When students participate in classroom discussion, they learn more than when they just listen. Students should leave any college having learned the ability to not only write well, but also to speak well in front of their peers.

But how do we get students to participate?

In larger sized classes, the sheer number of students generates a free-rider problem, where each individual student can assume that someone else will do the talking and they will not be called out. There must be an inverse relationship between the number of students and the rate of participation. If you don’t even know all their names, it will be difficult to grade participation. You’ve likely had classes where there is rich participation, but it is only a handful of students who do all the talking. You’ve also likely had classes where you feel like you’re are pulling teeth trying generate participation. What to do?

If you have a very large, lecture-hall-filled kind of class, it may seem like an impossible task that you wrote off long ago. The most innovative way I have seen this handled was when I was a TA for Professor Melissa Wilde, then at IU, now at UPenn. She taught an introduction to sociology course of about 400 students! On the first day of class she handed out 4-6 different colored index cards. Each student took 4 of the same colored card, wrote their name on them and then stored them away in their notebooks. Each day the class met, a different group of students, based on the color of the index cards, was given the opportunity to participate. When a student did, they would hand in their card with their name on it to be recorded as part of the course grade. Now, this required Professor Wilde to navigate the lecture hall with a microphone like a talk show, but that kept things lively and the student engaged. Of course, this is not the depth of discussion that you would hope for in a class of 20, but we shouldn’t ignore opportunities to generate even a little engagement.

Even in small classes, without some sort of accountability, it can be hard to get all but the most confident extroverted students to participate. Over the years, I have come to realize that, in many ways, students are like faculty: they have too many demands on their time and subsequently are going to focus on fulfilling the tasks that those above them have deemed important. As faculty, we signal to students what we believe to be important by the portion of the course grade we assign. Without being held accountable by a grade, students will turn their attention to another task, possibly in another class that is making more graded demands of them.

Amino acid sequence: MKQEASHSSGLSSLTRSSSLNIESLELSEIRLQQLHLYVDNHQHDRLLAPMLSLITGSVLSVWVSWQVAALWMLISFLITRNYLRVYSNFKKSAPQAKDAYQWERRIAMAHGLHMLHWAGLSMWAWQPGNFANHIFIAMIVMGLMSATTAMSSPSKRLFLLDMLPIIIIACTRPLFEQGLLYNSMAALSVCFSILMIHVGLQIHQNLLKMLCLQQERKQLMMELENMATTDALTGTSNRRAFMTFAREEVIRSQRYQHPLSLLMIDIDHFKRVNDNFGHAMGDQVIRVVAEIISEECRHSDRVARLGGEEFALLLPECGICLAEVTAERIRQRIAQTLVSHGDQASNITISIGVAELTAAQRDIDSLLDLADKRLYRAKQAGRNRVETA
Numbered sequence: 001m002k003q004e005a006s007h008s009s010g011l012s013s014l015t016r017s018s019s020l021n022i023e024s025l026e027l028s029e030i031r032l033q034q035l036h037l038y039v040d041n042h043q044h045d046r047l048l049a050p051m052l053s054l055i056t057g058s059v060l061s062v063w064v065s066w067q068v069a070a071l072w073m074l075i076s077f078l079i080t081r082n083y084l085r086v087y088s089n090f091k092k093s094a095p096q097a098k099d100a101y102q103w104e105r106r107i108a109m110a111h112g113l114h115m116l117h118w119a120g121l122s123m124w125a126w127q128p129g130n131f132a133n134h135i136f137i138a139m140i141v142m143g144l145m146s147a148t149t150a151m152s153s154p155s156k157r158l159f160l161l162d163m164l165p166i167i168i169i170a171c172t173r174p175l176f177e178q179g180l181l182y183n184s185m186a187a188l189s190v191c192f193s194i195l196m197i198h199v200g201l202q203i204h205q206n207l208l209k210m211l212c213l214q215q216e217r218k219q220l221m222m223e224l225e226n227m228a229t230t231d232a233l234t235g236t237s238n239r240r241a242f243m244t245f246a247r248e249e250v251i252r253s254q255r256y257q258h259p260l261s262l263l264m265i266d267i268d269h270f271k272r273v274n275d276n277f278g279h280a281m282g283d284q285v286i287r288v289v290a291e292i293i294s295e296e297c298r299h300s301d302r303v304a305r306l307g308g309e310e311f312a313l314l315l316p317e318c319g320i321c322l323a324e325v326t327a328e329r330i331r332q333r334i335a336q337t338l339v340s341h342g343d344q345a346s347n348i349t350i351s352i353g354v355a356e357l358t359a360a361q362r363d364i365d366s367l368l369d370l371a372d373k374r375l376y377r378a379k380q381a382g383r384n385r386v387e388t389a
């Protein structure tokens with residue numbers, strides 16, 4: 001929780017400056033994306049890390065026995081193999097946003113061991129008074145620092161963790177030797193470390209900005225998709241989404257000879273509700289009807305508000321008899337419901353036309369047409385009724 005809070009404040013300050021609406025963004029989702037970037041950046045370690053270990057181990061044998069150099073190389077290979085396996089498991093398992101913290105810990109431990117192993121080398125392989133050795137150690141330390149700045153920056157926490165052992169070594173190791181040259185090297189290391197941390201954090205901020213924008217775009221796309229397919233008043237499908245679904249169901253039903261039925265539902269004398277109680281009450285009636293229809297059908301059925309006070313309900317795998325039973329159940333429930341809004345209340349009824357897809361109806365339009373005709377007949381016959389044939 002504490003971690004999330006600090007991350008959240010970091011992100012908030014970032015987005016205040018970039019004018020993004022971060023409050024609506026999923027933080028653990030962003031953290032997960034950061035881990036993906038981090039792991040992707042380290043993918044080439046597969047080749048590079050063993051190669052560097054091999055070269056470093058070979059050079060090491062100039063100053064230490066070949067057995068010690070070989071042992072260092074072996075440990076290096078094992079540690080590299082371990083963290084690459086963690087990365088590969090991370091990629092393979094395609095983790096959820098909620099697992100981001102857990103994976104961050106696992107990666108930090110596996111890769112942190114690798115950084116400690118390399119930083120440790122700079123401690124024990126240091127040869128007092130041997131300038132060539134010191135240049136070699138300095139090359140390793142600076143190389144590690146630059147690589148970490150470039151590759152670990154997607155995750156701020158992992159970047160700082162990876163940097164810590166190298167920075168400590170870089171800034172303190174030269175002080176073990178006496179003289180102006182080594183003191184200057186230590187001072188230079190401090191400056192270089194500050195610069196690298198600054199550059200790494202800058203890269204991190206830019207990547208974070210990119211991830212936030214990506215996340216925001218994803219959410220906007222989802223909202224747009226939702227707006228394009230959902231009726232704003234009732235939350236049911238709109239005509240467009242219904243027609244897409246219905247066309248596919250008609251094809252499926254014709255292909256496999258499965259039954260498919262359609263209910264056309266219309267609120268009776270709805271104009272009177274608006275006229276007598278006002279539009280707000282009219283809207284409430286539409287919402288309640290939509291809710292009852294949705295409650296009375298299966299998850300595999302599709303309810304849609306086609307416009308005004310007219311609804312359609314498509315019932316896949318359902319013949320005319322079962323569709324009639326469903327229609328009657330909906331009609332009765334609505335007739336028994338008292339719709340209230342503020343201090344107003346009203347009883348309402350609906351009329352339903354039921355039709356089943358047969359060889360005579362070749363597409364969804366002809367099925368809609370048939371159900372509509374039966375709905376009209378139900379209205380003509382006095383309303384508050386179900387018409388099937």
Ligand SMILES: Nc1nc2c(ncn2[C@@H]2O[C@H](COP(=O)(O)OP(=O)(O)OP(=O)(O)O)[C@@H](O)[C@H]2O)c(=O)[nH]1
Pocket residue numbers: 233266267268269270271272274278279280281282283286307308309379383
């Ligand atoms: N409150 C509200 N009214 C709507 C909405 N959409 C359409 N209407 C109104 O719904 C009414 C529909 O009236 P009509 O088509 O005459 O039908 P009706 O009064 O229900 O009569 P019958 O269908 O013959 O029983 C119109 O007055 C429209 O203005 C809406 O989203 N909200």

Using grading as a more immediate feedback tool

When I first started awarding points for participation, I  had just one grade that was awarded at the end of the semester. This was quickly abandoned because of the flurry of shallow efforts to participate at the end of the semester. I then switched to awarding grades three different times evenly spaced throughout the semester. Each of the three sections is graded independently in order to reward consistency.

My most recent iteration is to continue with the three sections but at the beginning of each one, everyone is awarded a zero and must earn their way up.


This way they do not think they will get a C (or even 50%) just for being present. At the end of every couple weeks or so, I update their grade in an online grade book they have access to as an indicator of where they stand. This allows them to alter their level and depth of participation until the grades are finalized on the posted date. This serves as a signal to them of my expectations for a less quantifiable expectation.

This has resulted in increased student understanding of my expectations, a more reflexive awareness of their contribution, and higher rates of participation. It has not resulted in full participation. Some students are more than happy to ride out that zero, despite office hour suggestions of how they participate more/at all.

Even within this structure, I think it remains important to be a creative facilitator. A lesson I learned from one of my teaching mentors, Professor Brian Powell at IU, was to ask, “What questions do you have?” This sets the expectation that there are questions and it is perfectly normal as a student to ask them. Additionally, the most basic exercise to let students who are more reflective have time to think is to give the class the question(s), ask them to take a minute or two and jot down notes, and then call on people. You can also give the class a minute to talk to their neighbor before asking someone to speak alone before their peers. This gives students who are nervous a dry run to compose their thoughts and gain more confidence.

You can also provide students with the discussion questions as a prelude to the next class. That way, as they do the reading, they can write reflective notes that might facilitate their participation in the next class. See my previous post for critical thinking questions that will help prompt participation.

Teach well, it matters.